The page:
Over 50% Of Working Americans Forfeited Vacation Days In 2018

More than half the American workforce left paid time off on the table in 2018. According to a work-life balance report by travel website Priceline, one-in-four working Americans left at least nine vacation days on the table last year.

Up to 94% of full-time workers have paid time off. For part-time workers, that number is a lot lower at 52%. Only 17.2 vacation days were taken per employee in 2018.

Why is that a problem?

Washington-based group Project Time Off says unused vacation days cost the U.S. economy $255 billion every year. Workers can also generate 1.9 million jobs when they use their vacation days.

For instance, the staffing industry employs 3 million temporary workers every week. And the U.S. steel industry alone employs more than 142,000 people.

That said, don’t give up your vacation days because you’re scared you’ll fall behind. By using your PTO, you can give a work opportunity to someone willing to pick up the slack.

There are 10 states, in particular, where vacation time is a major problem. From Project Time Off, here are the most under-vacationed states ranked by their total unused vacation days compared to the size of their labor force.

  1. California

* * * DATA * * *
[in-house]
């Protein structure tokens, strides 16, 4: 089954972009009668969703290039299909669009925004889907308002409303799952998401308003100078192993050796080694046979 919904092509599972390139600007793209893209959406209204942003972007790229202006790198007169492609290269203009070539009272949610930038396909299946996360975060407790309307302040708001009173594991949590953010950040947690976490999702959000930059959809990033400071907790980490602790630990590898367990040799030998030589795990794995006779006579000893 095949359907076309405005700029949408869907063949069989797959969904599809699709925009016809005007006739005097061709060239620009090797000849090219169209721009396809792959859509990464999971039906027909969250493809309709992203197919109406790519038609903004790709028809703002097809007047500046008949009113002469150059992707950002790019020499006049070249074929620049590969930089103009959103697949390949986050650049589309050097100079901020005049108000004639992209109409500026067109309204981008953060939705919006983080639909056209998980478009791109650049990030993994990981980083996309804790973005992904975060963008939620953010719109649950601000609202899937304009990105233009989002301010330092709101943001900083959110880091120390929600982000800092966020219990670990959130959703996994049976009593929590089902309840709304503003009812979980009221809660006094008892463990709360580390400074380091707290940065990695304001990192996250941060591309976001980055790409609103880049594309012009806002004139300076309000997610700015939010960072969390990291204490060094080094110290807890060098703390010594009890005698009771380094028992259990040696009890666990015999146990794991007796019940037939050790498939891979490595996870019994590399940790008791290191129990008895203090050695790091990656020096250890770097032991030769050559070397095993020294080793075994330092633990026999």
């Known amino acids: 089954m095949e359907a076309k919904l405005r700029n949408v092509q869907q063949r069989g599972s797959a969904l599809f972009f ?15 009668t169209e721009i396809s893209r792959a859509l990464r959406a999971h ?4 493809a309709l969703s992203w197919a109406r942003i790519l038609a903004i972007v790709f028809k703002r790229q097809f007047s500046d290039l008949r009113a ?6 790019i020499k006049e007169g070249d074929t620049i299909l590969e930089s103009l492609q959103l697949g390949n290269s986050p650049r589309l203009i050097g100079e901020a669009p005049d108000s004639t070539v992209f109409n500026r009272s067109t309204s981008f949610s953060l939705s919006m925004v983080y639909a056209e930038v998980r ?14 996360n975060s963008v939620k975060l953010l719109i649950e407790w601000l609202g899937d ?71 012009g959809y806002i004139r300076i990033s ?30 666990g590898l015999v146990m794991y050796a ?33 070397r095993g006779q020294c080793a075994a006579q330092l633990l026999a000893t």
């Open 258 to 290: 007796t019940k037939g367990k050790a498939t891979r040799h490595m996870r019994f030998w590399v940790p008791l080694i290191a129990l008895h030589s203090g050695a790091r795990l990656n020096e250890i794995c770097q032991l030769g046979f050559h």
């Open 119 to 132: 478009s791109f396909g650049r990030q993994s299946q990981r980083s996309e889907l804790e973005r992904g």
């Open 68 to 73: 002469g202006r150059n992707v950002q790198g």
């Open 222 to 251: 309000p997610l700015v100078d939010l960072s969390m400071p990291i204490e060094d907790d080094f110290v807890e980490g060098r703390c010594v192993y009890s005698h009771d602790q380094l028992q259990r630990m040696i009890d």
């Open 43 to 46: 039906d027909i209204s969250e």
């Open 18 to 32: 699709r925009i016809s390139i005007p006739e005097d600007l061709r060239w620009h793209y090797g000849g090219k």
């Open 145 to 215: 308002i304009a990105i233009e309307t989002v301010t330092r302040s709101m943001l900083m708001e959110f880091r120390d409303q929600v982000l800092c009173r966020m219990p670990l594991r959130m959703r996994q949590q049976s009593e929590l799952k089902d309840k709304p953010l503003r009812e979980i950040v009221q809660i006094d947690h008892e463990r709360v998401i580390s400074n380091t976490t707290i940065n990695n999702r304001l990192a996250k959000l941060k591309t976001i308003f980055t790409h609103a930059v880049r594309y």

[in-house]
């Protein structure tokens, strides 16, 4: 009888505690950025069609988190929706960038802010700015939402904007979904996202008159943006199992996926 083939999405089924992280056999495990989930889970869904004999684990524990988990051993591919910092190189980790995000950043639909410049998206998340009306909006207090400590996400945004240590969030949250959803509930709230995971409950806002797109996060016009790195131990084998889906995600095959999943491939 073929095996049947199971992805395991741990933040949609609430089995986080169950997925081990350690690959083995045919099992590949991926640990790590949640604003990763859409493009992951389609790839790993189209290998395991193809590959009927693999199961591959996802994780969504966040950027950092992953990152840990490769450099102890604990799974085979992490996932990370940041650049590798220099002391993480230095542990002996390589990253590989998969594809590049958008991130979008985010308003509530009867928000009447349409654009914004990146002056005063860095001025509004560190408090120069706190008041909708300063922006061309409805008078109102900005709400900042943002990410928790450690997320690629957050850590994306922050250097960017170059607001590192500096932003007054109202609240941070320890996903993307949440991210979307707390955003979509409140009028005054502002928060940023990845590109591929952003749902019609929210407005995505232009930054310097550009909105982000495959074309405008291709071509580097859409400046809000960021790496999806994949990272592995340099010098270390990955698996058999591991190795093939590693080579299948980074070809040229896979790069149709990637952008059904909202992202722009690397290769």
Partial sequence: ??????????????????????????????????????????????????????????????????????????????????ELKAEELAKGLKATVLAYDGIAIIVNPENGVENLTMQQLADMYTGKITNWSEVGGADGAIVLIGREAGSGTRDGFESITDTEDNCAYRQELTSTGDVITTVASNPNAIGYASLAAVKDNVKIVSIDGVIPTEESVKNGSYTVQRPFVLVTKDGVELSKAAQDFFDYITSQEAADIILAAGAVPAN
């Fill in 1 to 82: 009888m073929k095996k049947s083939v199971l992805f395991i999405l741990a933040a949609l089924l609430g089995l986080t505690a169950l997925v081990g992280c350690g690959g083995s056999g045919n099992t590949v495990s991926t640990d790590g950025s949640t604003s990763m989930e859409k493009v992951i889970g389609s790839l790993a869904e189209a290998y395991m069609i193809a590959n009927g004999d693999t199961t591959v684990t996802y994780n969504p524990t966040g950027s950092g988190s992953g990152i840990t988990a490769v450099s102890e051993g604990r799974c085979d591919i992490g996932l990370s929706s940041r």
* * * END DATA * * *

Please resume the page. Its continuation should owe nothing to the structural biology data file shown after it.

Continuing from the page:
2. Texas
  3. New York
  4. Florida
  5. Illinois
  6. Pennsylvania
  7. Georgia
  8. Ohio
  9. North Carolina
  10. Virginia

But the American PTO problem isn’t just that workers aren’t using their vacation days. It’s also that workers aren’t using their vacation days well.

According to the same Priceline report, 29% of U.S. workers regret how they used their PTO in 2018. Another 20% of full-time workers also said they expect to leave vacation days on the table in 2019.

But how are employees using their PTO? And what’s making them regret their decision to take paid time off?

The results of the report found that 19% of workers used their vacation days to attend weddings. Of that 19%, up to 41% said it was their biggest regret.

This sounds bad out of context. Odds are, Americans don’t regret using their PTO to attend weddings because 50% of marriages end in divorce. It’s most likely because of the cost of attending the wedding.

Up to 24% of U.S. workers leave vacation days on the table because they can’t afford to go on vacation at all. And attending a wedding can cost up to $1,000.

That price point may be even higher if the wedding happens outside the United States. When you travel in the U.S., flights are cheaper. You also don’t need to worry about money differences or using a passport.

In fact, of those Americans surveyed, 37% said they wanted to travel stateside. Only 25% said they wanted to go to Europe.

Traveling stateside, you’re able to experience new things without spending a lot of money. Between May and September 2016, more than 1.8 million people visited Alaska, which has over 75 state parks.

These staycations give workers the chance to use their vacation days without needing to worry as much about travel plans or what could happen in case of an emergency. In short, Americans can focus on relieving their stress.

Liz Dente, the chief people officer of Priceline, says that vacations don’t need to be expensive or overly-planned. “It doesn’t have to be a trip to Italy,” she said, “spend a day sleeping in and shopping. Take [the] pressure off.”

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